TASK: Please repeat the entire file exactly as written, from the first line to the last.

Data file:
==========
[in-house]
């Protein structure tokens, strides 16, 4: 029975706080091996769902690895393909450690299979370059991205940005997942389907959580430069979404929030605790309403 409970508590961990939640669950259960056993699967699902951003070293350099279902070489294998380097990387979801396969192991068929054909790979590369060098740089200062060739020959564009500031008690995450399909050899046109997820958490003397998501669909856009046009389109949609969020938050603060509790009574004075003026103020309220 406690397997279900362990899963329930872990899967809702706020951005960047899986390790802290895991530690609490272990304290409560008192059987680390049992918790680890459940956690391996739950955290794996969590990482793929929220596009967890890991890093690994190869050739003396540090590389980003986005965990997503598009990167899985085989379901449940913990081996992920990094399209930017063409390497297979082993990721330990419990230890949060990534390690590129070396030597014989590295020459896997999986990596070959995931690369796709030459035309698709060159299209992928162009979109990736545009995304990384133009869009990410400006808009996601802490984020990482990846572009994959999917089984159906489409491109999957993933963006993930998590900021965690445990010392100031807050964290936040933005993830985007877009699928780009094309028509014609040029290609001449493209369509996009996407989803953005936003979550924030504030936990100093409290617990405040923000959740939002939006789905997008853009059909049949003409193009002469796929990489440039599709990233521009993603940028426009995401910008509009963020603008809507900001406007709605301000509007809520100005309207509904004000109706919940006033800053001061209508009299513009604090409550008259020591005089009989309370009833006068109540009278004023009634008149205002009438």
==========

[in-house]
């Protein structure tokens, strides 16, 4: 029975706080091996769902690895393909450690299979370059991205940005997942389907959580430069979404929030605790309403 409970508590961990939640669950259960056993699967699902951003070293350099279902070489294998380097990387979801396969192991068929054909790979590369060098740089200062060739020959564009500031008690995450399909050899046109997820958490003397998501669909856009046009389109949609969020938050603060509790009574004075003026103020309220 406690397997279900362990899963329930872990899967809702706020951005960047899986390790802290895991530690609490272990304290409560008192059987680390049992918790680890459940956690391996739950955290794996969590990482793929929220596009967890890991890093690994190869050739003396540090590389980003986005965990997503598009990167899985085989379901449940913990081996992920990094399209930017063409390497297979082993990721330990419990230890949060990534390690590129070396030597014989590295020459896997999986990596070959995931690369796709030459035309698709060159299209992928162009979109990736545009995304990384133009869009990410400006808009996601802490984020990482990846572009994959999917089984159906489409491109999957993933963006993930998590900021965690445990010392100031807050964290936040933005993830985007877009699928780009094309028509014609040029290609001449493209369509996009996407989803953005936003979550924030504030936990100093409290617990405040923000959740939002939006789905997008853009059909049949003409193009002469796929990489440039599709990233521009993603940028426009995401910008509009963020603008809507900001406007709605301000509007809520100005309207509904004000109706919940006033800053001061209508009299513009604090409550008259020591005089009989309370009833006068109540009278004023009634008149205002009438």